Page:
One-Third of Workers Believe Workplace Hinders Wellness: Survey
Despite the vast majority (91 percent) of workers believing that it is their employer’s responsibility to create a healthy working environment, nearly one-third (32 percent) of employees feels their workplace actually hinders their ability to lead a healthy lifestyle, according to new independent research commissioned by the World Heart Federation and conducted by Opinion Health.
“The survey results suggest links between specific job sectors and the level of engagement in workplace-wellness initiatives, or steps taken towards a heart-healthy lifestyle,” said Dr. Kathryn Taubert, senior science officer for the World Heart Federation. “As many of us spend over half of our waking hours at work, the workplace is the ideal setting to encourage behavior changes to minimize a person’s risk of cardiovascular disease.”
The survey compares responses from employees from five job sectors in India, Mexico, Poland, and Portugal. The World Heart Federation’s employee survey also revealed that of those questioned:
- Approximately 11 percent of workers do not agree that their employer supports a healthy workplace, despite 63 percent rating support of healthy initiatives, and 80 percent rating health insurance, as important or very important when choosing an employer.
- Significantly more people in the agriculture/manual labor sector (such as farmers) work more than 50 hours per week. People in this sector were also more likely than other occupational sectors to state that they do not take steps to ensure a healthy lifestyle, and were more likely to take time off work due to sickness, with nearly a quarter having had 11 or more sick days in the past year.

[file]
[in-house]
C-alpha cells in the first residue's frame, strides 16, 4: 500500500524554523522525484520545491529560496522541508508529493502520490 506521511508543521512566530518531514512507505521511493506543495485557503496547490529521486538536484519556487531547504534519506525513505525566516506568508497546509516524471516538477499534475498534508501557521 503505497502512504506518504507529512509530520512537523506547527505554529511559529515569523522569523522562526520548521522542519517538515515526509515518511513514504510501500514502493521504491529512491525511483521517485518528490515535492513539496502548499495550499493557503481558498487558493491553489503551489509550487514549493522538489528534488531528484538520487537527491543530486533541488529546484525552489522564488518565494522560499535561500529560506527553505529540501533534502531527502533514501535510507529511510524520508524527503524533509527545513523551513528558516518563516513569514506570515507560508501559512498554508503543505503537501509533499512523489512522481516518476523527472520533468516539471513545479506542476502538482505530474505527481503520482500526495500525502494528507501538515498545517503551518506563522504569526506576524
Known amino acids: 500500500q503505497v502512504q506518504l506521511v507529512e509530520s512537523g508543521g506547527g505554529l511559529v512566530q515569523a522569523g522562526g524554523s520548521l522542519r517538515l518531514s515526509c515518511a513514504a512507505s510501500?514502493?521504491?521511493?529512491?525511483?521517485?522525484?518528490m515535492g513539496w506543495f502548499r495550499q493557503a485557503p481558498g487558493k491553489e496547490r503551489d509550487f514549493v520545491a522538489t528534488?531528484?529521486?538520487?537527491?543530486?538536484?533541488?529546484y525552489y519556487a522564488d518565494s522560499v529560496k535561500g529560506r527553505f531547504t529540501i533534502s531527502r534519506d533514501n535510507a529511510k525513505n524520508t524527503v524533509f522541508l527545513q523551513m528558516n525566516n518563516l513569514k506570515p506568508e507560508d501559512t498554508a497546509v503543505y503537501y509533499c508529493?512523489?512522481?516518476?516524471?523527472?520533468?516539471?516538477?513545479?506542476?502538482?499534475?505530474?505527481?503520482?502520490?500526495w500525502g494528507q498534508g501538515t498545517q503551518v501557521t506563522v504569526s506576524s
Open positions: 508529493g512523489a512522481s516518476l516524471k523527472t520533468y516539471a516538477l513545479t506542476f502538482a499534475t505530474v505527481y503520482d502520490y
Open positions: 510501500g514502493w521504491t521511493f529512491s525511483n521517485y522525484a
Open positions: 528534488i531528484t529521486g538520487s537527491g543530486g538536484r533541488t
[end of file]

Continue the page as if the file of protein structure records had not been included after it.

- Professional business employees (such as lawyers and accountants) were significantly more likely than other occupational sectors to state that their employer offers five or six workplace-wellness programs and initiatives (such as smoking-cessation programs or walk-to-work days).
- People in the government and public sector (e.g. healthcare professionals or educators) and professional business sector were more likely than those in the manufacturing/engineering sector (e.g. trade and distribution) to take four steps towards a heart-healthy lifestyle (for example, undertaking physical exercise at least three times a week or not smoking).
“Apart from having a responsibility towards employees’ health, employers stand to benefit from introducing workplace-wellness programs, as they have been shown to decrease absenteeism, while increasing productivity, retention, creativity and innovation,” said Olivier Raynaud, senior director for Global Health and Health Industries. “During the past decade many businesses have recognized the importance of employee health and have committed to include health promotion as a priority in their corporate agenda.”
The report content was identified by an expert panel of representatives, who by forming an editorial board, brought together a wide variety of CVD expertise.
“The report commemorates progress made in heart health over the past ten years, whilst identifying challenges for the decade ahead, and urging governments, healthcare professionals, employers and individuals to continue to take steps to reduce the burden of heart disease and stroke,” Puska said.